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Rivers will contest further withdrawal from ECA in court, Wike declares

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[FILES] Wike. Photo: TWITTTER/GOVWIKE

Rivers State Governor, Nyesom Ezenwo Wike, has declared that Rivers State would contest Nigeria Governors’ Forum’s (NGF) endorsement of fresh withdrawal by the Federal Government from the Excess Crude Account (ECA).

The governor wondered what happened to the $1 billion withdrawn from the ECA in 2017 under the guise that it would be used to fund the fight against Boko Haram insurgents in the Northeast.

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Wike stated this when he played host to the Emir of Kano, Alhaji Aminu Ado Bayero, who was on a courtesy visit to him at Government House, Port Harcourt, yesterday.

He stated that he would not support the plan for a fresh withdrawal except Rivers State is given its 13 per cent share from the account.

“Yesterday, I was told that the governors agreed that they will take money from the ECA to support the military. What of the one they took before, the $1billion that they gave to the military?

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“Now again! This one, I will tell my Attorney General; you will have to prepare, we will go to court. I will not support that one except they will give us our 13 percent first from that ECA,” he said.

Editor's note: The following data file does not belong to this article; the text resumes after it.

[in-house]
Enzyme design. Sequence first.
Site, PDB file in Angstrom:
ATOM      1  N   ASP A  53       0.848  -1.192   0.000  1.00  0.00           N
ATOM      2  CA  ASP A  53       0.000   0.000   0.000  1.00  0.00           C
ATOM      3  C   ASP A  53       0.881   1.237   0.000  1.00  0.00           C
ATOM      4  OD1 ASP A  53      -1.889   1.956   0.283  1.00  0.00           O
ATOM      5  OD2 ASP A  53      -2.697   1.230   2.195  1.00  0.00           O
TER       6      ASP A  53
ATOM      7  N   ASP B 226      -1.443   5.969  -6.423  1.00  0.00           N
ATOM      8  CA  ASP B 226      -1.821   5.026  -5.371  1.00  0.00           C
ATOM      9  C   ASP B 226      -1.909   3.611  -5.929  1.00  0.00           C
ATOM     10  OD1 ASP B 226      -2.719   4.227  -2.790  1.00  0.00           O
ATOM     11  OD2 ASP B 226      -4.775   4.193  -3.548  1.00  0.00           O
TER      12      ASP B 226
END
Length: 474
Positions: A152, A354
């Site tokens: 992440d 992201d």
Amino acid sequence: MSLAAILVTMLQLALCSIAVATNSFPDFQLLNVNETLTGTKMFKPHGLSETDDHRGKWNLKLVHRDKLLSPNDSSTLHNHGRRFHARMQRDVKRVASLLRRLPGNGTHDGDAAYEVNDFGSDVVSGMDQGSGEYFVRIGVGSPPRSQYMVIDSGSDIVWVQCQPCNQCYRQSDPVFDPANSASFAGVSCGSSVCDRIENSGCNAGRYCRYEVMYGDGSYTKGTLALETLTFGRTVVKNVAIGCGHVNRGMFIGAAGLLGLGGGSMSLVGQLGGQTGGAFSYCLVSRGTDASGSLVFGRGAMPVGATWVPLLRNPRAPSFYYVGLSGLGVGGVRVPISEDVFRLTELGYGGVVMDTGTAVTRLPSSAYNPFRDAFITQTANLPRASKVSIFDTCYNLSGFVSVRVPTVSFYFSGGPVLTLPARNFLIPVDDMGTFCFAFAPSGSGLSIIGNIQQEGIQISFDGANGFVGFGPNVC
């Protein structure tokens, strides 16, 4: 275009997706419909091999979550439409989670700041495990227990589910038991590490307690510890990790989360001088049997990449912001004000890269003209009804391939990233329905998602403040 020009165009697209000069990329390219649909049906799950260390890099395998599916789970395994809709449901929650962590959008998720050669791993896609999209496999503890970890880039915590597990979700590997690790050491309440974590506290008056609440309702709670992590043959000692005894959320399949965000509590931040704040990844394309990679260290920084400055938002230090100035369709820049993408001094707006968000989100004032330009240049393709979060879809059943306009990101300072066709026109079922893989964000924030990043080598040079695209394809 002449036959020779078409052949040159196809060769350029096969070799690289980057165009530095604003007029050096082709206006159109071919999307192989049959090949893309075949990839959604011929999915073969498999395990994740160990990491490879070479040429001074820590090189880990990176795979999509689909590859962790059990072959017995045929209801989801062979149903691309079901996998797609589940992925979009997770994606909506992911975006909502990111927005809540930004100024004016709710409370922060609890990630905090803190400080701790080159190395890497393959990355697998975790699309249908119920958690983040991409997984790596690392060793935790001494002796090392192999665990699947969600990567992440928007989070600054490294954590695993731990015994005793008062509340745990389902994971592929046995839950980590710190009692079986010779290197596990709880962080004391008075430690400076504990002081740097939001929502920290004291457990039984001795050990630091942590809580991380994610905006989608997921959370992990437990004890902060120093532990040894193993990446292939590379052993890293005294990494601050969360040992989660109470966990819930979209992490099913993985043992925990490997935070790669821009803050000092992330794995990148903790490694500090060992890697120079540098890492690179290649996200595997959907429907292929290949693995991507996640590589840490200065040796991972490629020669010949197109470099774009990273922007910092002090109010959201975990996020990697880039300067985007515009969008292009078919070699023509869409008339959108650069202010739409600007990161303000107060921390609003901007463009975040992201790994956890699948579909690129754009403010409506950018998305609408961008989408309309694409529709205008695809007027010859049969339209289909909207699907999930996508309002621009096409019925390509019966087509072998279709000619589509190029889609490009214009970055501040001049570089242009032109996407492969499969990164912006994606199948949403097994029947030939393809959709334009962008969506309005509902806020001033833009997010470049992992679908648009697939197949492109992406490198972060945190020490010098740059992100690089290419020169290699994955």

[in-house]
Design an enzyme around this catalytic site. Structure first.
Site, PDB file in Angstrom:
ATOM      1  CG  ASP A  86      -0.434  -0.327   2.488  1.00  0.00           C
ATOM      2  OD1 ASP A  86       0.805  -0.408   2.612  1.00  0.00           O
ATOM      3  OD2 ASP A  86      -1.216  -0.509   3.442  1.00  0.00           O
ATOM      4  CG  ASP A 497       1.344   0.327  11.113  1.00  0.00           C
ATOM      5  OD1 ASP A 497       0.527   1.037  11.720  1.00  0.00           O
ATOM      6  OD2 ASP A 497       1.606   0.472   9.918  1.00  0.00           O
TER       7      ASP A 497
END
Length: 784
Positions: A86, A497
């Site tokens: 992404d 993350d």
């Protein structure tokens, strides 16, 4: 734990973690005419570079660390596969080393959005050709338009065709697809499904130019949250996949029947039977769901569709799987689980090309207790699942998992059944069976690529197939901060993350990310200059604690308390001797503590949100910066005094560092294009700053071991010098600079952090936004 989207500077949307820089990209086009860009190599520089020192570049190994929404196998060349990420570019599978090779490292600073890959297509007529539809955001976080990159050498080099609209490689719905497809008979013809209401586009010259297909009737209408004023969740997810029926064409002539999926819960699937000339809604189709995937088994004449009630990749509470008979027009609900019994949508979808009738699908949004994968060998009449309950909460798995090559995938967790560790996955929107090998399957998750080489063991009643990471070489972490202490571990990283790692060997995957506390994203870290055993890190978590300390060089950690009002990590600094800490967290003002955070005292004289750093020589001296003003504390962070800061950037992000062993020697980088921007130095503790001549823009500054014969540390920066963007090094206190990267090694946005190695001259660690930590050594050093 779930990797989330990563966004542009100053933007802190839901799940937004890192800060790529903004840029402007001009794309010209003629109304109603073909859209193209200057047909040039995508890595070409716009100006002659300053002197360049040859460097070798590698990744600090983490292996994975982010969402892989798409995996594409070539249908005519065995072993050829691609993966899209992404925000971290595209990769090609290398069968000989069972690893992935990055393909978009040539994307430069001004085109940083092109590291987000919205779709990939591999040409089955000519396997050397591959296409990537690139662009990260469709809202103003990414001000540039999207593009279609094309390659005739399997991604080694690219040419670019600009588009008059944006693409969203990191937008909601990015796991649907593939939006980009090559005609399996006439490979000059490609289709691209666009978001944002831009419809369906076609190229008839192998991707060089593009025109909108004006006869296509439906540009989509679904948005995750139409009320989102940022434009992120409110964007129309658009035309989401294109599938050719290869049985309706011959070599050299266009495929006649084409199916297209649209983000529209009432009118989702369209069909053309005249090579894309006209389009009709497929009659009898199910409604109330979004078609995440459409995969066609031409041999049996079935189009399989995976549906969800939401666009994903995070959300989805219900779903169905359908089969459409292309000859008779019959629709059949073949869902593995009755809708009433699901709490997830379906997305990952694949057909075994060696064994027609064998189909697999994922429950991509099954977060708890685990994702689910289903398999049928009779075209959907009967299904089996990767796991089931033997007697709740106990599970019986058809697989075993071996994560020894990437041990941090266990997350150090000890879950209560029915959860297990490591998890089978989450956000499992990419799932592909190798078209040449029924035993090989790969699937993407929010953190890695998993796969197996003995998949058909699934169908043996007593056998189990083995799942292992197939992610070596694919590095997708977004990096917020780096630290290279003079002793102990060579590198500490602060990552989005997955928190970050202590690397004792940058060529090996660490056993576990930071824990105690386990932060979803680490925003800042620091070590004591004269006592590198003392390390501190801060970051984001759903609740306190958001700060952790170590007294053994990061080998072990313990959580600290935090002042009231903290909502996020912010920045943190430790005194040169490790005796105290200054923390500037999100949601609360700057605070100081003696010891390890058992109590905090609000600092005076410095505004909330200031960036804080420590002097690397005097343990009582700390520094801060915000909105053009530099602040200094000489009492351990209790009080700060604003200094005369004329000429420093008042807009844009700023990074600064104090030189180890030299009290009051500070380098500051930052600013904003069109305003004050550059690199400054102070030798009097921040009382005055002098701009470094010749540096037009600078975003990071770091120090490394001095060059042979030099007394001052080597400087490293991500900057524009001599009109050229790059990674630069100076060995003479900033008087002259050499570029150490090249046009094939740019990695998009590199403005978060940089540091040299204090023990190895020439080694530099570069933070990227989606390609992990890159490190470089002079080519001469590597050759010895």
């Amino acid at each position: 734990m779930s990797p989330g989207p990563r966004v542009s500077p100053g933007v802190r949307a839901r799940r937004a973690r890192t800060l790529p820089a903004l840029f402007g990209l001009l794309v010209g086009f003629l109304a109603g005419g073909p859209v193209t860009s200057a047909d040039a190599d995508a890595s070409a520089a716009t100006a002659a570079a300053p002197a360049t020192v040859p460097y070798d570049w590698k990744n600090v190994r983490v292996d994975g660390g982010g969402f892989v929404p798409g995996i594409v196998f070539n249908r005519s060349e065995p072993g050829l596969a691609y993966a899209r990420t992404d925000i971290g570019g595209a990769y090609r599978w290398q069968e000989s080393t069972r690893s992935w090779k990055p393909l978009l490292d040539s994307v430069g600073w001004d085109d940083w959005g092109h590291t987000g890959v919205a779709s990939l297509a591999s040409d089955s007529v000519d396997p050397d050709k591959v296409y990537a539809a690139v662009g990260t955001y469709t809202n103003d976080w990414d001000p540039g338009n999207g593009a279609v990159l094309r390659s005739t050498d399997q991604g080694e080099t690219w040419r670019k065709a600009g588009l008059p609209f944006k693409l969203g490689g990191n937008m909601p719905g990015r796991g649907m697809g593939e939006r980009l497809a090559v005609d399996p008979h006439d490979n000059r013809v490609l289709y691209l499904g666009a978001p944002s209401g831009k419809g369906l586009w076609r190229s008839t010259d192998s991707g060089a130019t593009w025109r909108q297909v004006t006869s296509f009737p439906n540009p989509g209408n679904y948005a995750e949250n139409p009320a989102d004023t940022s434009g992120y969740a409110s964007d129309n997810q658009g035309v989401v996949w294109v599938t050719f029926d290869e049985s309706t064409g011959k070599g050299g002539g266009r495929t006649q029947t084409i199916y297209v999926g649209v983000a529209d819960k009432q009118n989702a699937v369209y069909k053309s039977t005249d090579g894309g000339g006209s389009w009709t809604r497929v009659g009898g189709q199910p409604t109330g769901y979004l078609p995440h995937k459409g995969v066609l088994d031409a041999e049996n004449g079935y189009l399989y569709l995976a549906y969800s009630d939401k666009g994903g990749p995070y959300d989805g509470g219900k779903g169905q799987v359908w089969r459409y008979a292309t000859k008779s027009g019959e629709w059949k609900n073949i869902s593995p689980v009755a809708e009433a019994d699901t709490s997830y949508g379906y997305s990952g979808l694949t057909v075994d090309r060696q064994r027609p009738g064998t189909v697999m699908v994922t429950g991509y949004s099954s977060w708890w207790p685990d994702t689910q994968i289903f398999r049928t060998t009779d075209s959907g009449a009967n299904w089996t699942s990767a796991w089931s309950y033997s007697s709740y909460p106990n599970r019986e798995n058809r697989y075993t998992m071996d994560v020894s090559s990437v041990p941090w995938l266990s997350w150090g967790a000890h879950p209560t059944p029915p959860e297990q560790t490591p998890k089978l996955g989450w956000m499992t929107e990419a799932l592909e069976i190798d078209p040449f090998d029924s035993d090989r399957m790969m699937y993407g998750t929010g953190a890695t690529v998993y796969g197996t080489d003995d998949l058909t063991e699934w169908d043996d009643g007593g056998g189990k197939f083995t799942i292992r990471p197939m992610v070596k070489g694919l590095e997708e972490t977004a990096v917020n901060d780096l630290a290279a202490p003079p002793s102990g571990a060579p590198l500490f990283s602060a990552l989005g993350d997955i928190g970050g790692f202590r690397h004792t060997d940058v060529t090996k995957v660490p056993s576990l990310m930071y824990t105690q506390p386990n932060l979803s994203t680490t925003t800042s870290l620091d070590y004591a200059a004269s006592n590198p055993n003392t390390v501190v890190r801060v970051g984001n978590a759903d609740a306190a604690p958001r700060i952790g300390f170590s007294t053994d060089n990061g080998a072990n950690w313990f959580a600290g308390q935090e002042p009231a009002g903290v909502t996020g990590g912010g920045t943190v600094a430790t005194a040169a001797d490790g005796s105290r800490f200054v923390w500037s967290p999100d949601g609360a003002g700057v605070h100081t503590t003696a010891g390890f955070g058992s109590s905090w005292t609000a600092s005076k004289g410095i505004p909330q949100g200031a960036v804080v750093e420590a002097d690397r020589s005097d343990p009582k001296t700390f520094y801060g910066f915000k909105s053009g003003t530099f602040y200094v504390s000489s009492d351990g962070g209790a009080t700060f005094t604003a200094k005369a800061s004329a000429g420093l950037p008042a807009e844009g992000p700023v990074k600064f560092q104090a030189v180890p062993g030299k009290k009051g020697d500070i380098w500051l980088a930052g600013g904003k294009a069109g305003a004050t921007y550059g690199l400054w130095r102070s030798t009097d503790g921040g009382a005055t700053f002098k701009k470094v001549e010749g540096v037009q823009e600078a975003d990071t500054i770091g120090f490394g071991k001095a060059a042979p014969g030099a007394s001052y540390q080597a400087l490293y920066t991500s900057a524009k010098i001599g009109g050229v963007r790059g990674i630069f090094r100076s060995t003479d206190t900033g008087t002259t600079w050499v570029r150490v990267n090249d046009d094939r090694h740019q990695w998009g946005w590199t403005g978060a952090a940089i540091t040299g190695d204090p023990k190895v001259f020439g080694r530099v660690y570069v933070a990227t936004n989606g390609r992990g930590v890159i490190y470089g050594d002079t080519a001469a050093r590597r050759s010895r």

Wike told the emir how his late father and other leaders worked so hard in promoting love, peace and national unity among Nigerians in their time.

He expressed regret that current political and religious leaders were not building on that but were rather reducing every relationship, appointment, policy and programmes of the government to political and religious considerations.

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The governor insisted that Nigeria belongs to everybody, saying no section of the country could assert itself over other.

He added: “It is important that where we are now, everybody, particularly traditional rulers, should know that they have major roles to play in ensuring that peace reigns in this country.

“This is the first time in Nigeria when we have so much ethnic divide, so much religious divide. It has never happened like this before. After the civil war, people had seen Nigeria as one country. We have seen ourselves as the same people but what we are facing today is a different thing.

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“We are not even talking about the issue of insecurity, but the issue of ethnicity and religion, which have taken centre stage in our life, which is not supposed to be.”

In his remarks, the emir said his visit to Rivers State was part of his fraternal tour to national leaders and traditional institutions across the country.

He urged the governor and other leaders in the Niger Delta to continue to ensure that the region remains a welcoming environment for all Nigerians to thrive.

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